There is an immensely greater number of continuous-variable control problems.

Best,

Bill P.

From Mervyn van Kuyen (971013 15:30 CET)

[Mervyn van Kuyen (971006 16:45 CET)]

My system does not reorganize itself whenever the input changes. It
organizes itself in such a matter that it can have the reference match
the sensory input to the greatest possible extent at all times (using
a single structure).

[Bill Powers (971008.0900 MDT)]

... if the system changed its
reference signal to match the perceptual signal, it would take no action,
because the reference signal would always match the perceptual signal...

I'm _not_ proposing a system that is always trying to make reference and
sensory input match by instantly changing its reference, that is just
a slow, more complex way of increasing the match between the two.
(It will completely change its reference when it detects that is has moved
to a different control 'context' of course - cf. the paper at my homepage:
www.xs4all.nl/~mervyn). The other, more powerful one is _control_,
as I explained at the end of the same paragraph:

[Mervyn van Kuyen (971006 16:45 CET)]

a single structure). But apart from this notion, my network is
'guilty as charged': it would not 'need' to act on its environment,
if (and only if) it had somehow acquired a perfect world model.
In practice however, it is very unlikely that it would manage to do so
without acquiring any _control_ skills. _Control_ is such a powerful way
to limit the required complexity of the reference (which is, in my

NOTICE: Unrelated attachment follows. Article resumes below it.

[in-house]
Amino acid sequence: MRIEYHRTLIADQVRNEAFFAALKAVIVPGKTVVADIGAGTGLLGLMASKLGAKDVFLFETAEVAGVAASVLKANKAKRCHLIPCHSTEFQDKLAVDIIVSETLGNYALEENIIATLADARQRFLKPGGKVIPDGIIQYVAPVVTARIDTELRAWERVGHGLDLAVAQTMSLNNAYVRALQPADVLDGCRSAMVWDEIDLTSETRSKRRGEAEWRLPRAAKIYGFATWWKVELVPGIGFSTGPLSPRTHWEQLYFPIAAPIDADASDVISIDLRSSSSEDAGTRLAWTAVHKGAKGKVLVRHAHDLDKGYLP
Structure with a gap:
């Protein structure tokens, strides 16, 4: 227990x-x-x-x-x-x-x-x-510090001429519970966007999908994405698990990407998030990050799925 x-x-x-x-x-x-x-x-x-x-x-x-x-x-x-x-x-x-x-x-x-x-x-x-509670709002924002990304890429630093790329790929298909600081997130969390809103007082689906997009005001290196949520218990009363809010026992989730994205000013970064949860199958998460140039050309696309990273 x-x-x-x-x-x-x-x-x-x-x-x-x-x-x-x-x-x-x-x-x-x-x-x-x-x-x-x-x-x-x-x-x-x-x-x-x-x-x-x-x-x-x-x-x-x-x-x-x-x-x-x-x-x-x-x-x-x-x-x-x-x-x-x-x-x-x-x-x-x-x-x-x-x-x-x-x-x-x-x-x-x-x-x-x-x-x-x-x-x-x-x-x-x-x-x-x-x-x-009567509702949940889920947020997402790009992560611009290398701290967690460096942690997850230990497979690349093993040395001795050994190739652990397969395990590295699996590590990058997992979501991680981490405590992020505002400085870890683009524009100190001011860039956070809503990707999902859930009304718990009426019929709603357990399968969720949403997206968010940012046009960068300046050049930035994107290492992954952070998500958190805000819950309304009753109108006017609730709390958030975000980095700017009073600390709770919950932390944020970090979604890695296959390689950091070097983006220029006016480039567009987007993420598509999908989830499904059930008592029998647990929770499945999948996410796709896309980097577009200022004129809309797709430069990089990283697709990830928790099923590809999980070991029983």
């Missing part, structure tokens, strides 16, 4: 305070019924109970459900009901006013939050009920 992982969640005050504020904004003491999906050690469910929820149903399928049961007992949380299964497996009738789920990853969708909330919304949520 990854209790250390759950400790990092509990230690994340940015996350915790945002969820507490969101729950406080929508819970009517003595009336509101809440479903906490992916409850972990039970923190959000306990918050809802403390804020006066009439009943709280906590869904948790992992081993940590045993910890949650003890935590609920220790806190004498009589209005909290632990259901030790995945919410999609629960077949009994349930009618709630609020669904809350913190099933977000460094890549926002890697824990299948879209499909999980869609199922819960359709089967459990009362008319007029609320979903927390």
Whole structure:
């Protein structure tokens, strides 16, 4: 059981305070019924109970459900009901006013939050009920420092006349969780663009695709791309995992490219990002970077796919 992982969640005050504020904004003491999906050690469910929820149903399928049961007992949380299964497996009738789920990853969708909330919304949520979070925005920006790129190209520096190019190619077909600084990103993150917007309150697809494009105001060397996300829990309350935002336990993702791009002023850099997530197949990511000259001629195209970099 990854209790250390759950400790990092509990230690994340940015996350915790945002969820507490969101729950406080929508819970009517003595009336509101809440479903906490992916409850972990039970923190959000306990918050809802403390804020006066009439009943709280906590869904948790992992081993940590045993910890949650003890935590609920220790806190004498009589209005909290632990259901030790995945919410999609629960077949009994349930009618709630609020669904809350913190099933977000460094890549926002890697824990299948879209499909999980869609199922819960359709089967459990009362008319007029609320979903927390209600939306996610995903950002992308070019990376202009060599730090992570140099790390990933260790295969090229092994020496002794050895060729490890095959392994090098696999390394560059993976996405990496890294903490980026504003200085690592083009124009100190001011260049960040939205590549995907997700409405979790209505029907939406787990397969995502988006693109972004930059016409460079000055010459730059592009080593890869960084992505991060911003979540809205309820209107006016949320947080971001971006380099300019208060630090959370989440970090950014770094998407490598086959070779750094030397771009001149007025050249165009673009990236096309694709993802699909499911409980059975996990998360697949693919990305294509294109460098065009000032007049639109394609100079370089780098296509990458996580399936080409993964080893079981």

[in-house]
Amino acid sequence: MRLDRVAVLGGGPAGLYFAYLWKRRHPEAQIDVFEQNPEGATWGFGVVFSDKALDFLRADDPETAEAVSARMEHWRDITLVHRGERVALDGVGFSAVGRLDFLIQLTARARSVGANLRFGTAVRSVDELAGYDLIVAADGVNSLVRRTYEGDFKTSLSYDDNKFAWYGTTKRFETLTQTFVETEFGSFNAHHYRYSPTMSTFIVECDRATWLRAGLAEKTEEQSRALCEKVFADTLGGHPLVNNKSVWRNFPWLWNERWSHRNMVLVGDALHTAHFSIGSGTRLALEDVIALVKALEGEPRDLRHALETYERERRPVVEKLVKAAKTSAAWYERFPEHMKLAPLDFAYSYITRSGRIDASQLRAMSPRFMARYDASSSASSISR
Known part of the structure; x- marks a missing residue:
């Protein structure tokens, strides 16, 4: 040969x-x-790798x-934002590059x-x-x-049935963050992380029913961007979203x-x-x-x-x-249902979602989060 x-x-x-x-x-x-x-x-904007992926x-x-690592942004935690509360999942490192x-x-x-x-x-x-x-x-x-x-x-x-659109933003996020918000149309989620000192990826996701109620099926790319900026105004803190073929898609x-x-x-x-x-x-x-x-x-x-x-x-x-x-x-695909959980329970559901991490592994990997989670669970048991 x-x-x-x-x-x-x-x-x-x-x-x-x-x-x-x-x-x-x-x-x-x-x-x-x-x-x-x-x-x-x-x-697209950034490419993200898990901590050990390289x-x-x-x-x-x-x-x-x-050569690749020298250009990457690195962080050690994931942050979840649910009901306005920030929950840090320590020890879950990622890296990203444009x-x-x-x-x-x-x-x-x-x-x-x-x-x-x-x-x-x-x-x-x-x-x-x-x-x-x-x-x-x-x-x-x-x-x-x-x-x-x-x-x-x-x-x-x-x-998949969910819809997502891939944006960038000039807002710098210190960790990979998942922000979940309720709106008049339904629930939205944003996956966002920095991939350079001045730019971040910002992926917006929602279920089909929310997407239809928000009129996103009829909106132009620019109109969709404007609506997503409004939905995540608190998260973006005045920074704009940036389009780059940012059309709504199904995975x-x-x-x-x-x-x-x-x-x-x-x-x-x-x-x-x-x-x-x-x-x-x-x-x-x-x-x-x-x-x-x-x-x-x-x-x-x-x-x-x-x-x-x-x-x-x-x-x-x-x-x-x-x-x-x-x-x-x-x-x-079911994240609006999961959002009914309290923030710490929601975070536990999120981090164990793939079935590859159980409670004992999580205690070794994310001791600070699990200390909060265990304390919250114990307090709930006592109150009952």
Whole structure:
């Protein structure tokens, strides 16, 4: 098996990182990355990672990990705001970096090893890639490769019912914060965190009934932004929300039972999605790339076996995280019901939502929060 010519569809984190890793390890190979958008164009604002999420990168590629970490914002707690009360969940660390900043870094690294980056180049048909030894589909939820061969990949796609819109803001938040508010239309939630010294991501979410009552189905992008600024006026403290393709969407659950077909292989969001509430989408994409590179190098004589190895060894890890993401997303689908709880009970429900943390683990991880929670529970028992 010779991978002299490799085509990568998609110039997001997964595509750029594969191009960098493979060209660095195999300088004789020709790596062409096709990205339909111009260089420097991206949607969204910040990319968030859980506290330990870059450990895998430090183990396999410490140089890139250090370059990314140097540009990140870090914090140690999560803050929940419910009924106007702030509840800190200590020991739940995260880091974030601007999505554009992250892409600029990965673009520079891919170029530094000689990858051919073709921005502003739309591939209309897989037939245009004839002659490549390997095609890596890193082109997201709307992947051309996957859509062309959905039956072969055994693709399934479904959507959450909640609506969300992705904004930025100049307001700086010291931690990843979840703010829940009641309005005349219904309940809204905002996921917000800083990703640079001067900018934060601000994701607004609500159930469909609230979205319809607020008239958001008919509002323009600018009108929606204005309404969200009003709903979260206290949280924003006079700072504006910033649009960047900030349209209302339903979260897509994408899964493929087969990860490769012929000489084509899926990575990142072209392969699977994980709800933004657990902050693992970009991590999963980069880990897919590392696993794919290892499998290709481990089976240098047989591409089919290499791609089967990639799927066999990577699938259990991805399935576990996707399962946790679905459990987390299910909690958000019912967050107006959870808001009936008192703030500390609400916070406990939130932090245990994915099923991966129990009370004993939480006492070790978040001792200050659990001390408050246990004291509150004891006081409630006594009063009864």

model, a complex transformation of the mismatch patterns).
Therefore, I see the development of a human being as a shift from
acquiring references to acquiring _control_ skills (for our developing
body and associated increase of our physical freedom).

So, let us not focus on this feature of 'changing references', but
on the issue of control and how:
(1) two-way control is exerted by the proposed comparator
(2) 'discrete signalling' can create 'sensory input controlling' behavior
(that our theories both seem to recognize as being essential, and
model)

···

=======

Concerning issue (1), the 'two-way control' issue:

[Bill Powers (971008.0900 MDT)]

How does it know which way to adjust the reference signal when there is a
mismatch?

It does not adjust the reference signal, it will try to adjust the
perceived physical
state of the world by means of physical actions. These actions result in
shifts of
patterns over many inputs (and comparators), in other words: maps.
Since the system knows what its references are, it knows whether it was
creating
a reference while there was no input signal or the other way around (no
other
information is required for deciding eg. which way to shift the maps for a
better
match - as I will explain below).

Concerning issue (2), the 'discrete vs analog signalling' issue:

So, yes, I assume signals to be ideally discrete, while (by using variable
thresholds) the amount of mismatch still has analog properties: an input
pattern
(map) that is shifted 2 'pixels' to the left in relation to a reference
pattern results
in mismatch that can be interpreted by neurons that test for some amount of
_misalignment_ - at their turn triggering appropiate acts of physical
control.

We seem to disagree, fundamentally, on the importance of analog signalling
in living systems and therefore you question the effectiveness of my model,
when applied to living control systems. I, on the other hand, would
question
the biological plausibility of the parameters that a perceptual control
system
(as proposed by PCT) can indeed control:

[Bill Powers (971008.0900 MDT)]

Try the problem of keeping the car on the road.